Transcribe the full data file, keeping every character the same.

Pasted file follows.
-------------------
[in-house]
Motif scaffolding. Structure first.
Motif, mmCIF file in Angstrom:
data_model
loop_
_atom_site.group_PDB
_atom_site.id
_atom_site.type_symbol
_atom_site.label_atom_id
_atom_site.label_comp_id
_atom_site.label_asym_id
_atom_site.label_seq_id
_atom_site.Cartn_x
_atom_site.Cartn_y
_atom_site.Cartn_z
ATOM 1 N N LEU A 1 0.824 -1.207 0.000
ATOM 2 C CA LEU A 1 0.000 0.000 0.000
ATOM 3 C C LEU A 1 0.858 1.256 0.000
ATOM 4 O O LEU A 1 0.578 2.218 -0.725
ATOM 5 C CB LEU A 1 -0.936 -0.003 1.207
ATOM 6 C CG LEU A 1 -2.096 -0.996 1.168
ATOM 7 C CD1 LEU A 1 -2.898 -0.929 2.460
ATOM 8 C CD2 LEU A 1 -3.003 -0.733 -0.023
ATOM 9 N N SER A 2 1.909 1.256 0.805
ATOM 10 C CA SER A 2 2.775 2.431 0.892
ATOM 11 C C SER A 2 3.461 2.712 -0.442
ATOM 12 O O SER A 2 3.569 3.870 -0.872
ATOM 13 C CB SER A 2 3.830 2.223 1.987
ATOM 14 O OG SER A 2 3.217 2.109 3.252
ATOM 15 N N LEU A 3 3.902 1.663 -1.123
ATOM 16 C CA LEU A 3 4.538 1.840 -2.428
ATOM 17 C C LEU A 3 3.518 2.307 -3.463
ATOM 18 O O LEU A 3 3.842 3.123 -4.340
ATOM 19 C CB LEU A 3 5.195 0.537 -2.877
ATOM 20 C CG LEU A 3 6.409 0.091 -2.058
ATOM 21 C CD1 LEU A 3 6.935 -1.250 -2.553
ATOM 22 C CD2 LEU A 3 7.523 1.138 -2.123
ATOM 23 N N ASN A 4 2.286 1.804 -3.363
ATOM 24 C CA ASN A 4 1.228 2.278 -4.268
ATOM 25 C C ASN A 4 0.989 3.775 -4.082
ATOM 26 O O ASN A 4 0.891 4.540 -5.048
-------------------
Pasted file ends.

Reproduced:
[in-house]
Motif scaffolding. Structure first.
Motif, mmCIF file in Angstrom:
data_model
loop_
_atom_site.group_PDB
_atom_site.id
_atom_site.type_symbol
_atom_site.label_atom_id
_atom_site.label_comp_id
_atom_site.label_asym_id
_atom_site.label_seq_id
_atom_site.Cartn_x
_atom_site.Cartn_y
_atom_site.Cartn_z
ATOM 1 N N LEU A 1 0.824 -1.207 0.000
ATOM 2 C CA LEU A 1 0.000 0.000 0.000
ATOM 3 C C LEU A 1 0.858 1.256 0.000
ATOM 4 O O LEU A 1 0.578 2.218 -0.725
ATOM 5 C CB LEU A 1 -0.936 -0.003 1.207
ATOM 6 C CG LEU A 1 -2.096 -0.996 1.168
ATOM 7 C CD1 LEU A 1 -2.898 -0.929 2.460
ATOM 8 C CD2 LEU A 1 -3.003 -0.733 -0.023
ATOM 9 N N SER A 2 1.909 1.256 0.805
ATOM 10 C CA SER A 2 2.775 2.431 0.892
ATOM 11 C C SER A 2 3.461 2.712 -0.442
ATOM 12 O O SER A 2 3.569 3.870 -0.872
ATOM 13 C CB SER A 2 3.830 2.223 1.987
ATOM 14 O OG SER A 2 3.217 2.109 3.252
ATOM 15 N N LEU A 3 3.902 1.663 -1.123
ATOM 16 C CA LEU A 3 4.538 1.840 -2.428
ATOM 17 C C LEU A 3 3.518 2.307 -3.463
ATOM 18 O O LEU A 3 3.842 3.123 -4.340
ATOM 19 C CB LEU A 3 5.195 0.537 -2.877
ATOM 20 C CG LEU A 3 6.409 0.091 -2.058
ATOM 21 C CD1 LEU A 3 6.935 -1.250 -2.553
ATOM 22 C CD2 LEU A 3 7.523 1.138 -2.123
ATOM 23 N N ASN A 4 2.286 1.804 -3.363
ATOM 24 C CA ASN A 4 1.228 2.278 -4.268
ATOM 25 C C ASN A 4 0.989 3.775 -4.082
ATOM 26 O O ASN A 4 0.891 4.540 -5.048